“My hands will be rough if I have to scrub the window bars and this wiping cloth stinks”, or
“Oh nooo… my shirt got a stain on it… It is an expensive one you know ?!?!”
And so on and so forth…
Yeah yeah , whatever!!!
Still, we gifted students had to clean the classroom no matter what. The most unforgettable experience came when we actually reach grade 11 (equivalent to Form 5 in Malaysia) and again, it was the week before our school opening…
Thanks to our juniors who had cleaned the classroom for us, we were assigned to carry out a much more crucial mission which was clearing the school backyard full with wild weeds. Needless to say, a storm of protest bursted out…
“Nooooooo……………”, a whole class screamed.
“Teacher, that isn’t fair. Why do we have to go down there and pluck all the wild weeds?
We are students, we are not gardeners”, a girl voiced out.
“Cleaning the room is janitor’s job, isn’t it?”, our teacher snapped.
“Yeah”, the whole class echoed.
“So, it won’t make a big difference for you guys to do gardeners’ job then”, she coolly replied.
“Nooooooooooo……………………”, a longer scream came out.
“Teacher, do other classes have to do it as well?”, someone was trying to fish for companion.
“No, only our class”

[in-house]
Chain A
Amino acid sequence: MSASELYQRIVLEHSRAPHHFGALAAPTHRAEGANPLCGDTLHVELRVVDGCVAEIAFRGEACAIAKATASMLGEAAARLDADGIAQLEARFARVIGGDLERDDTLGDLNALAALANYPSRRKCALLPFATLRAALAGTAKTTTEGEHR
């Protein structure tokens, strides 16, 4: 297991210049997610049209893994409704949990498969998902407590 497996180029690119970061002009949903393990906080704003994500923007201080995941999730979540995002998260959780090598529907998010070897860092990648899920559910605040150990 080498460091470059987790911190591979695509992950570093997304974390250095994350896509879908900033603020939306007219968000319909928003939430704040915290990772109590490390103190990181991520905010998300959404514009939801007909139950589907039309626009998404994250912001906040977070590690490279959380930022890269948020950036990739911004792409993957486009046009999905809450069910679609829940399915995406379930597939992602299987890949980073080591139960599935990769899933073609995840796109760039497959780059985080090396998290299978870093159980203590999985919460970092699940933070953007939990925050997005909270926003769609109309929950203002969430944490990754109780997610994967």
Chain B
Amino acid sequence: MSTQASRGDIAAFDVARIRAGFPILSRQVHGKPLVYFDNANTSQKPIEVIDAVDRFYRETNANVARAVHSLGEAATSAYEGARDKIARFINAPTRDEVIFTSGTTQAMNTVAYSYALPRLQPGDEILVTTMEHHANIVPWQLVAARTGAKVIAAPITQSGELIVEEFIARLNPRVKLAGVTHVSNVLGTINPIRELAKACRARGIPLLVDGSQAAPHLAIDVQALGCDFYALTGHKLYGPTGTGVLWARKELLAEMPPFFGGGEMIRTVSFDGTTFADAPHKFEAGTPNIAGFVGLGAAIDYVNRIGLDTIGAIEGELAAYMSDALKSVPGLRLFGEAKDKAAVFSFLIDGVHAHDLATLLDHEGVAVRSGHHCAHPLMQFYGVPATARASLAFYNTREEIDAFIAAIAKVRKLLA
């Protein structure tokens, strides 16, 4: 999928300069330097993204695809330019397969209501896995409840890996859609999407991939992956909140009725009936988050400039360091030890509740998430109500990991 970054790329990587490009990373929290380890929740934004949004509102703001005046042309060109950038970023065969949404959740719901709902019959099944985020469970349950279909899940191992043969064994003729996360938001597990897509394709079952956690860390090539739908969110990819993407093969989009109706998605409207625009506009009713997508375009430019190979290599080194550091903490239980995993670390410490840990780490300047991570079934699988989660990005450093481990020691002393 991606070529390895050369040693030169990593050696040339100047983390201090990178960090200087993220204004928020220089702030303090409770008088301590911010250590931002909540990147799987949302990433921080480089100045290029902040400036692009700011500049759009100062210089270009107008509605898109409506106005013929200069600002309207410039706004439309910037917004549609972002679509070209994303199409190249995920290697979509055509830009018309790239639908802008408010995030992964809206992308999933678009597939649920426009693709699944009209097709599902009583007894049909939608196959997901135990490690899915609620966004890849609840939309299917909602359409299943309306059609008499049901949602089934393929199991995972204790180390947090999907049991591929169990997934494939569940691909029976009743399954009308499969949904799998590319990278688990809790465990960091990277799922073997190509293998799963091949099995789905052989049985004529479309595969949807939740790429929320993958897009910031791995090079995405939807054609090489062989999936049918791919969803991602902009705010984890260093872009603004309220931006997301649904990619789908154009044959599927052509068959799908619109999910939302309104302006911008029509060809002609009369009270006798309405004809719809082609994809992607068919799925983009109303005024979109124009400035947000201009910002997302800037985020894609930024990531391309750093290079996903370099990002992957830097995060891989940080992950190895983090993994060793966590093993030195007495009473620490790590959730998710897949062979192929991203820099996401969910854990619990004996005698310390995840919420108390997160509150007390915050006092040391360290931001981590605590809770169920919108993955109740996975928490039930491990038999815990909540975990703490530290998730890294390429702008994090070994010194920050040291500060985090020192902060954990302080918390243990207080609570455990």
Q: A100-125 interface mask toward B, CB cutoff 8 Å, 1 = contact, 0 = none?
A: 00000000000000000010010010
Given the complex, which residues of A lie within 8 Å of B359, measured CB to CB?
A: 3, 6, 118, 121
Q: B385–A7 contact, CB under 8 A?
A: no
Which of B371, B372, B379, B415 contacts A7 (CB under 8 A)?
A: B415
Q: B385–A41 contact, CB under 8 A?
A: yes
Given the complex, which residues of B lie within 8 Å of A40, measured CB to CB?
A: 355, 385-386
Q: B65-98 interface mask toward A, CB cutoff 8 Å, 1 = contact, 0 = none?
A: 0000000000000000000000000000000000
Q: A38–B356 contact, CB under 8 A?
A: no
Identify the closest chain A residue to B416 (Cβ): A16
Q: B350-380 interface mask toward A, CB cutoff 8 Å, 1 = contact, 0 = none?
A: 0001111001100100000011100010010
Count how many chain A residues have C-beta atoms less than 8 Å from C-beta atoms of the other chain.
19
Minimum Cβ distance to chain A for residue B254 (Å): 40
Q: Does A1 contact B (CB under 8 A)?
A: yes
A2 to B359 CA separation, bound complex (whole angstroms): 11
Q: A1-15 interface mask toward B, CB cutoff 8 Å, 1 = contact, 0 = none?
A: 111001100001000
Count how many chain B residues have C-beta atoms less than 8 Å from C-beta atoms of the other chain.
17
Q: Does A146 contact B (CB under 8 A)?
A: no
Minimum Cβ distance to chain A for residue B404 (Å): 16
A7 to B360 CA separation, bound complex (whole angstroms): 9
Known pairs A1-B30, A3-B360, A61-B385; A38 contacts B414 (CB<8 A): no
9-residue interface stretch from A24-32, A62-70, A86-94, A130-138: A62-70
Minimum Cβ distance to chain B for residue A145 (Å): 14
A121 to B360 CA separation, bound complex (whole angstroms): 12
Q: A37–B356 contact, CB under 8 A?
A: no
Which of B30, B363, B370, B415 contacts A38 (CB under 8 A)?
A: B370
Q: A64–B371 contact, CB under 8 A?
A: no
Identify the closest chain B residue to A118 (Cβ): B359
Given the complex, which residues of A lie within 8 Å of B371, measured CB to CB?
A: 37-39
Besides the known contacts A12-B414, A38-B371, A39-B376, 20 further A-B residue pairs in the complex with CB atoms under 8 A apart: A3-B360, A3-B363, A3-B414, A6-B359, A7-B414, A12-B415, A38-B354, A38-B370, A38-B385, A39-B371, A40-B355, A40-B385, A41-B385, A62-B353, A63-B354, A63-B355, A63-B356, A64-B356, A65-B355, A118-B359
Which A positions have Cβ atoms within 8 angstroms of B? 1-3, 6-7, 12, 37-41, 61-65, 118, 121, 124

(So that was the longest “No” I’ve ever heard in my life)
Ten minutes after our helpless strike, we carried our monkey-wrinkled faces and lazy bodies down to the backyard and worked out under the marvellous sun. Thank goodness there were a few trees spreading out their shadow. Imagine we all turned lobster-red after all the jobs were done? Hell yeah, all the pretty ladies and even gentlemen would scream for their beauty once again. In spite of the endless wave of complaints, all beauties and beasts (if any) had to complete the seemingly impossible mission under our teacher’s supervision. We let out a big “Yahoooooo……” when we found we’d done with it. All dragged each other to go for a cooling coconut treat outside the school. It’s been 5 years now…
Oh…. Our sweet old days!!! Oh yeah, you can call those days “sweet old days” if labouring under the sun for 2 hours is defined as “sweet”. Right, someone may protest so here I go again…
Oh… Our bitter-sweet old days!!! (Does it sound any better? Bet it does!)
Return to where I was, yeah, ice-cream shop. Sometimes, my mind wandered a bit too far. Taking my eyes off the school, I started eyeing on couples in the shop and found a teenage couple who enjoyed feeding each other ice-cream. How sweet! Puppy love, it is. I can bet the boy is about 16 and the girl is graphly 15 or even younger. And they are such a lovey-dovey couple!!!! Awwww………
How about me? I was completely alone with my book and just-finished plate of ice-cream and now slowly sipping my cleansing tea. Well, now I just don’t care about the lonely feeling even though I had no one to share the ice-cream with. Watching people rushing by through glassy window, knowing that life is going on in each and every second but still enjoyable and adorable, the ice-cream tasted a little bit sweeter, I felt.